The £5m Grenfell Tower Residents’ Discretionary Fund includes the aim to re-house residents within three weeks as close to where they lived before as possible, to pay for temporary housing in the meantime and to provide extra financial assistance.
First Secretary of State Damian Green defended the prime minister from accusations that she had misjudged the public mood, saying criticism of her was “unfair”.
He told BBC Breakfast: “She is as distraught as anyone, as all of us are, we all feel the sadness, we all recognise the anger and can see why people are that angry and the prime minister feels that as much as anyone.”
He added that she had listened to residents’ concerns and was “acting on those concerns as quickly as possible”.
Mrs May had told BBC Newsnight on Friday the government was doing all it could to help.
On Friday night, hundreds of mourners stood arm in arm at a vigil and held a two-minute silence for victims of the fire.
Many wept openly as candles illuminated the road outside the Latymer Christian Centre, yards from the site of the blaze.
It came after emergency services spent a third day searching for bodies in the burnt-out tower in North Kensington.
Developments expected today include:
- Theresa May’s new Grenfell taskforce, which includes representatives of central government and Kensington and Chelsea Council, is due to meet.
- Cardinal Vincent Nicholas, the Catholic Archbishop of Westminster, will lead an adoration and mass in memory of the fire victims at the nearby St Pius X Church.
The Confederation of Fire Protection Associations-International – a global body of fire protection organizations – said the quick fire spread seen at Grenfell was “eerily similar” to other high-rise fires in Australia and the United Arab Emirates.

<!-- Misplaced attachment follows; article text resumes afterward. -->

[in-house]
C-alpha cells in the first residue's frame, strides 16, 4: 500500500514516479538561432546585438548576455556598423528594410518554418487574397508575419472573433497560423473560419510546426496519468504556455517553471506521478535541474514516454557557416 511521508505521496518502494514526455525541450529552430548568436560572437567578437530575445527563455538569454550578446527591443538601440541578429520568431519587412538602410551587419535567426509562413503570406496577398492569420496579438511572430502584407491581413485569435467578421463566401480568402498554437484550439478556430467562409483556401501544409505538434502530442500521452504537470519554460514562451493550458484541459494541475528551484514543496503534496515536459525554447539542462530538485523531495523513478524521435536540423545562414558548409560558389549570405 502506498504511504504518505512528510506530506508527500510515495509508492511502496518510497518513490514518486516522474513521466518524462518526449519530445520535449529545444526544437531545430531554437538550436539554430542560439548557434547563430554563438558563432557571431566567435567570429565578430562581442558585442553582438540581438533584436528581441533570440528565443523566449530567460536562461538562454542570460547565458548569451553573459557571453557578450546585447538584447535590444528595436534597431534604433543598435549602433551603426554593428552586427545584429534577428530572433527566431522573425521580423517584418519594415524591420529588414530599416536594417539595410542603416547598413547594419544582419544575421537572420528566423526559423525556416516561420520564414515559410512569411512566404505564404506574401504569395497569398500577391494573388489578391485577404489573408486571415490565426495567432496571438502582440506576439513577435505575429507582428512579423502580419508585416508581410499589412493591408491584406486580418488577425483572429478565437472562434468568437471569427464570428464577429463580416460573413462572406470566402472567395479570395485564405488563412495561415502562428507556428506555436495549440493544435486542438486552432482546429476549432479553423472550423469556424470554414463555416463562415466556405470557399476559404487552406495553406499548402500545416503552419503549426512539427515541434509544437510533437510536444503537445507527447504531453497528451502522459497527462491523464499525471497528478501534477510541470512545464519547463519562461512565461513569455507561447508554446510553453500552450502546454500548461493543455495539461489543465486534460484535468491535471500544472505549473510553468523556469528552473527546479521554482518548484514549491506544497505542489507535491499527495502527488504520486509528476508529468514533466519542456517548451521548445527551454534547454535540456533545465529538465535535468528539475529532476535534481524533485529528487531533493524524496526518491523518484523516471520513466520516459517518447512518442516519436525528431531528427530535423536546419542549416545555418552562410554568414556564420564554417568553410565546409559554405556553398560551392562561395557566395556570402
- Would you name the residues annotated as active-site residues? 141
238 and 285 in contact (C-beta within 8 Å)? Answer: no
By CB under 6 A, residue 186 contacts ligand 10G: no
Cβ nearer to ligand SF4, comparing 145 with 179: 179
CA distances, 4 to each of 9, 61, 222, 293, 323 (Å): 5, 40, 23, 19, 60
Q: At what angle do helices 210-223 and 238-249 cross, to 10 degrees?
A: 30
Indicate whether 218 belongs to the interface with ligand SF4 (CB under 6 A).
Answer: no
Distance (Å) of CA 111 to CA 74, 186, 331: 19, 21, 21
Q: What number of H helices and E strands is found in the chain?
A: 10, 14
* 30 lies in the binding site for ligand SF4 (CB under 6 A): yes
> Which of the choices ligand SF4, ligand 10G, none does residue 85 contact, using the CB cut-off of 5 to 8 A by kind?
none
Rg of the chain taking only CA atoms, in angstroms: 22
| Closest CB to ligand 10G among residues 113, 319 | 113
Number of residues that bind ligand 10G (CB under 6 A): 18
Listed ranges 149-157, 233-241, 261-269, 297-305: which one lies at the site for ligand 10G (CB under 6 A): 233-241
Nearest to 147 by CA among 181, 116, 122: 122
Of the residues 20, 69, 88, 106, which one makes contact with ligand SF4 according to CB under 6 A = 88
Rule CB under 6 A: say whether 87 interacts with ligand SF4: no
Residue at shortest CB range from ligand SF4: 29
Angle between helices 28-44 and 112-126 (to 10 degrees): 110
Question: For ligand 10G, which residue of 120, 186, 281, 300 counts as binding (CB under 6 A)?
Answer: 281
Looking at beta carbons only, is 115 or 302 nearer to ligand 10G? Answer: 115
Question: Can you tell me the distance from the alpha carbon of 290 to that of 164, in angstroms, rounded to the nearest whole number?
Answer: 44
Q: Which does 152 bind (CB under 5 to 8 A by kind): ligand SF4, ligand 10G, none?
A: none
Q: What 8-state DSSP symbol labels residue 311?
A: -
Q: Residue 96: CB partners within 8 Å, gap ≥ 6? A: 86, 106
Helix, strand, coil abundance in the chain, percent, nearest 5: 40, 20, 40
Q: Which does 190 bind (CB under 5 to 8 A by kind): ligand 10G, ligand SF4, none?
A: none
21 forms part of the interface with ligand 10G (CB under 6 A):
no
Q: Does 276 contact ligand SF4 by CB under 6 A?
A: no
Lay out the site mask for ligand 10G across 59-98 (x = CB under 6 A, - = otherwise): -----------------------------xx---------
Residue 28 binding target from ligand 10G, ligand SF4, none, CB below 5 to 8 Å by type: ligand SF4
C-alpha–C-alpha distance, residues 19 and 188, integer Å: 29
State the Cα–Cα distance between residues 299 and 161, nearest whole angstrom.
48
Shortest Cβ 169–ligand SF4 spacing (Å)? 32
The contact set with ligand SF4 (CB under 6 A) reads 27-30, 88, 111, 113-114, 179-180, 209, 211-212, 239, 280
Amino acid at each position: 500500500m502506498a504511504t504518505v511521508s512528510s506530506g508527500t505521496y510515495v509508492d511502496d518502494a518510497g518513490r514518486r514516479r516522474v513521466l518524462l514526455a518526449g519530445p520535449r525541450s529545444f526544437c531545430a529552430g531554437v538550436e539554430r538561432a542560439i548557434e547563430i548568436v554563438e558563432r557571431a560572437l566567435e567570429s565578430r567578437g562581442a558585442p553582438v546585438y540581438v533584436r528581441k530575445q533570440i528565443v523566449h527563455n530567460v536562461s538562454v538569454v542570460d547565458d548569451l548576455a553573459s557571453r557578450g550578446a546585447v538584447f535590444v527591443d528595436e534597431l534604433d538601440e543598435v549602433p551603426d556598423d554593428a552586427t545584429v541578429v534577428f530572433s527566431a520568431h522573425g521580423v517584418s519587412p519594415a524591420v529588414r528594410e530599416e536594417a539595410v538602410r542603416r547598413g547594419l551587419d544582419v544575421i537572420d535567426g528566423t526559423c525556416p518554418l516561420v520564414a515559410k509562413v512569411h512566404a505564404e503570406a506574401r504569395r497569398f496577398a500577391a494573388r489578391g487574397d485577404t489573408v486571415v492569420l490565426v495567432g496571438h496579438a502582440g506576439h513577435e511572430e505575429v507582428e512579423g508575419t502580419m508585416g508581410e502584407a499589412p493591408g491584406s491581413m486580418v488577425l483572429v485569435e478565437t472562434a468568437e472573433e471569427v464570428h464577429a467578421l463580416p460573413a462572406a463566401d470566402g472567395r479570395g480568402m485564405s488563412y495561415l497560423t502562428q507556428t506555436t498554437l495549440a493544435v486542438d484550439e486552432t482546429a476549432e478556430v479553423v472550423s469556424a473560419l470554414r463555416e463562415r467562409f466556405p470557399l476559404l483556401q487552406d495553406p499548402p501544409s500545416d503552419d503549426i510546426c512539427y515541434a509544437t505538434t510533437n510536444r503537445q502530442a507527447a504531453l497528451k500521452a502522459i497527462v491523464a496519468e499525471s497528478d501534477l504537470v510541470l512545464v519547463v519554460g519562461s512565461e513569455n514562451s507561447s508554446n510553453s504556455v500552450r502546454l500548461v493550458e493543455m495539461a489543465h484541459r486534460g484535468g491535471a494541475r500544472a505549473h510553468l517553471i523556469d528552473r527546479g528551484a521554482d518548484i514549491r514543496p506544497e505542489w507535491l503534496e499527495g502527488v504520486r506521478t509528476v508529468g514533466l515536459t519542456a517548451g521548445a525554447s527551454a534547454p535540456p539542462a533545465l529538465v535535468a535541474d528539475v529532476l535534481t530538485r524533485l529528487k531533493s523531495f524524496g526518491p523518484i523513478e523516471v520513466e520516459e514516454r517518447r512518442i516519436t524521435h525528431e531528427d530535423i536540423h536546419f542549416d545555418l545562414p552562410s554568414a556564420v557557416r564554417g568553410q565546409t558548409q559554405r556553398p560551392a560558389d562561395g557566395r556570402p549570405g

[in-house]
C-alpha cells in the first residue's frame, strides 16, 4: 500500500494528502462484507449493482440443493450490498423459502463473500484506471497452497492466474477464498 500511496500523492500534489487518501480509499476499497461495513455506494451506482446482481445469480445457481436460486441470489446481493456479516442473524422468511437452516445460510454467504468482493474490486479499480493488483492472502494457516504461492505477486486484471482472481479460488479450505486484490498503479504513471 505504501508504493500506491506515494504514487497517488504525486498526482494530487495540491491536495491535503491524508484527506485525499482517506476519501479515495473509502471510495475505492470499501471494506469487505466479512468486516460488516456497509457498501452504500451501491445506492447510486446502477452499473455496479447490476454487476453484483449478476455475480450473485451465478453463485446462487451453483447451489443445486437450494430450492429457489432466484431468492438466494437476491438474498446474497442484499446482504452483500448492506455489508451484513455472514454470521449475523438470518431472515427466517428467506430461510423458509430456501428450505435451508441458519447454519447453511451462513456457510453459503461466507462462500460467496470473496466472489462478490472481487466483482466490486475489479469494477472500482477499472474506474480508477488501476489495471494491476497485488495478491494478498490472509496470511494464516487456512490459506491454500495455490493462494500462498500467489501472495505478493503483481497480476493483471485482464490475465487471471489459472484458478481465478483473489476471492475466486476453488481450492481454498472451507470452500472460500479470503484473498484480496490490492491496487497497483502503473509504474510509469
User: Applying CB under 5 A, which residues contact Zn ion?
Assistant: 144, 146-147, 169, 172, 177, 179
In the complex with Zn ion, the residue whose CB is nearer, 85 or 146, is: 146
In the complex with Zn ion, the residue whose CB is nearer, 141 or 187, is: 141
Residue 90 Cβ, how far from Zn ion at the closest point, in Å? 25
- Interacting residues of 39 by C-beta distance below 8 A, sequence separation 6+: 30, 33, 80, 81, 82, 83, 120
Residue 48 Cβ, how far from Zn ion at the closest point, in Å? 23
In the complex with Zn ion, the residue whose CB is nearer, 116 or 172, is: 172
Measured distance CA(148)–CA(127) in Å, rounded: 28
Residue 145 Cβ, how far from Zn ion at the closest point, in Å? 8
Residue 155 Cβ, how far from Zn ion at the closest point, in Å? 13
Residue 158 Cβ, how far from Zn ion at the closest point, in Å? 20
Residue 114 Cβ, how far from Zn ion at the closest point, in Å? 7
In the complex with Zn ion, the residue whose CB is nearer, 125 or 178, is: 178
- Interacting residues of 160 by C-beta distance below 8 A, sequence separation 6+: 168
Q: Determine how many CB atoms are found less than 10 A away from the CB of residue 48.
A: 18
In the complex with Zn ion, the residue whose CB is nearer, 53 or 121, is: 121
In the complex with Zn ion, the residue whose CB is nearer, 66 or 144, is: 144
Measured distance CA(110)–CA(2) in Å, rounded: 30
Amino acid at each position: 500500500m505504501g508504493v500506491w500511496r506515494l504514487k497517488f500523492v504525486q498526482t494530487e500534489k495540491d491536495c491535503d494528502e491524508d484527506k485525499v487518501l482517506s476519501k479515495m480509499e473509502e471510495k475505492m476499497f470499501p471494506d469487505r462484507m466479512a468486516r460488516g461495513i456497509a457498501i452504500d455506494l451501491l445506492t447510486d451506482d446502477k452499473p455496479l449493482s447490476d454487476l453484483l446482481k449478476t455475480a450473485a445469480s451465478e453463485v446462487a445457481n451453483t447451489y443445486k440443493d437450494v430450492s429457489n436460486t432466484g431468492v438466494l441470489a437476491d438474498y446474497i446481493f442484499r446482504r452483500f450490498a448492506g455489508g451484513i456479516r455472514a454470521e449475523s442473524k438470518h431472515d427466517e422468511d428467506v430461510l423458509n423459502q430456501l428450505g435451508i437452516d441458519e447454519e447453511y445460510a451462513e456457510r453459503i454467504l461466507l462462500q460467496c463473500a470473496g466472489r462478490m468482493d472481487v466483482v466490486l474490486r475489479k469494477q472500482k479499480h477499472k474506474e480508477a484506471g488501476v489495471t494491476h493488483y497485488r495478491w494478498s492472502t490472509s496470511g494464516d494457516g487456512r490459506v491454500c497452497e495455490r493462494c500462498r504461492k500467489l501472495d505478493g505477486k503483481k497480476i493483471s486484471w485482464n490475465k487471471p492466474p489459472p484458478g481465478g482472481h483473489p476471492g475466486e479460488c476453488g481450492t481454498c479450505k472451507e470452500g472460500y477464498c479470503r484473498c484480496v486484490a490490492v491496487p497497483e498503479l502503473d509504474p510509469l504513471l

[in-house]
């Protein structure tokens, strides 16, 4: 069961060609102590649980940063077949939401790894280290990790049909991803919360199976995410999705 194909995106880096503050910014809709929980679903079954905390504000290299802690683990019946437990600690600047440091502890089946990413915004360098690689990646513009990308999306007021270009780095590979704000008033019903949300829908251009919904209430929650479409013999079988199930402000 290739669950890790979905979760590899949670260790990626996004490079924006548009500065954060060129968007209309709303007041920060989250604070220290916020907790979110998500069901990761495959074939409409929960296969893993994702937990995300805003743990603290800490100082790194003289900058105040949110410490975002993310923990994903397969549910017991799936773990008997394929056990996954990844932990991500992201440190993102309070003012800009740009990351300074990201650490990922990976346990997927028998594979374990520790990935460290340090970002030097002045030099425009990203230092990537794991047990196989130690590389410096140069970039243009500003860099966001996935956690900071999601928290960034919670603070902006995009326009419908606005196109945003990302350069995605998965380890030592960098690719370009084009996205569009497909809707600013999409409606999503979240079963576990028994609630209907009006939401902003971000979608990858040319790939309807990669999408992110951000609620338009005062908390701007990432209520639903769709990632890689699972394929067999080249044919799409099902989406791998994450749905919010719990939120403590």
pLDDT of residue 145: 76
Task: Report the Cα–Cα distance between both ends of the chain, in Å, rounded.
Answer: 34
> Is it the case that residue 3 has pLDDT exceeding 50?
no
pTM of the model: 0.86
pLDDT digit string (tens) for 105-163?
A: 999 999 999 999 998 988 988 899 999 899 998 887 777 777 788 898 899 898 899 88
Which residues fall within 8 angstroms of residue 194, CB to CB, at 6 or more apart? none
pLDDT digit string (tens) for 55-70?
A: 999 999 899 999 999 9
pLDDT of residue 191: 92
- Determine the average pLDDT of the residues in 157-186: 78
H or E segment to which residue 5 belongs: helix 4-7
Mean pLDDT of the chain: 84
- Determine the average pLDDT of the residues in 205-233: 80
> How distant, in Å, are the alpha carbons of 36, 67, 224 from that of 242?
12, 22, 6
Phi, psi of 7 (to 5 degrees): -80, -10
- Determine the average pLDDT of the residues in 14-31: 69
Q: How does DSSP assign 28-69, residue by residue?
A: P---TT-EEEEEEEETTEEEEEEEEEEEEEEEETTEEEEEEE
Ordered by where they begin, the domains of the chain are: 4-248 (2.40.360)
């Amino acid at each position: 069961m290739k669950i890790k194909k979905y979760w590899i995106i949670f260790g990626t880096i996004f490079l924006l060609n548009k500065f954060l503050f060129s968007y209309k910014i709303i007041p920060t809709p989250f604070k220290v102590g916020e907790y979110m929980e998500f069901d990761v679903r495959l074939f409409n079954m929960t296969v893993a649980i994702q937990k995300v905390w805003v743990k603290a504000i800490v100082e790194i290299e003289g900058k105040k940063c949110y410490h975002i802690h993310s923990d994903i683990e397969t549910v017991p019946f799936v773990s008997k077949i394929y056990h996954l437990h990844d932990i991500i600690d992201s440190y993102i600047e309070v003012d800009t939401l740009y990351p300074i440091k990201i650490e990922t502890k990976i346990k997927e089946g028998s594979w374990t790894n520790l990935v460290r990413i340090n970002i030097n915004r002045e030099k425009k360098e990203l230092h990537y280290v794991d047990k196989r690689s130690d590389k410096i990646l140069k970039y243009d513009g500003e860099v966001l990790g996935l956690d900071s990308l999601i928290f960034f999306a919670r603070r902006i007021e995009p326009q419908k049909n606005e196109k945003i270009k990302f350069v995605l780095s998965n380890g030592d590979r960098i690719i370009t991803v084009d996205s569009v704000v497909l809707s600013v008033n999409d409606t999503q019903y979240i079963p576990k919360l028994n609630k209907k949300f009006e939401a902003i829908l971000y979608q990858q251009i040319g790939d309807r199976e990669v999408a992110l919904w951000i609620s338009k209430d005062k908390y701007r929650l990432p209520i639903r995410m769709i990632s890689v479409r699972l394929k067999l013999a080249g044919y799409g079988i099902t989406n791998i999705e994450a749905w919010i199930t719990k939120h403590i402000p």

The organisation said it was “deeply concerned” that there were many high-rise buildings around the world with flammable materials installed.
So far in the investigation:
- Six victims of the blaze have been provisionally identified by police
- Of those killed, one died in hospital
- Fire chiefs say they do not expect to find more survivors
- A total of 24 people remained in hospital – 12 in a critical condition
- A criminal investigation has been launched
- UK councils are carrying out urgent reviews of their tower blocks, according to the Local Government Association
- The British Red Cross has launched an appeal to raise money for those affected
- The emergency number for people concerned about friends and family is 0800 0961 233
First victims named
On Thursday, the first victim of the fire was named as Syrian refugee Mohammed Alhajali, 23.
The Syria Solidarity Campaign said Mr Alhajali, a civil engineering student, had been in a flat on the 14th floor when the fire broke out, and had spent two hours on the phone to a friend in Syria.
Two other victims have also been named.
Five-year-old Isaac Shawo reportedly got separated from his family in the smoke and later died.
Artist and photographer Khadija Saye, 24, lived on the 20th floor and also died.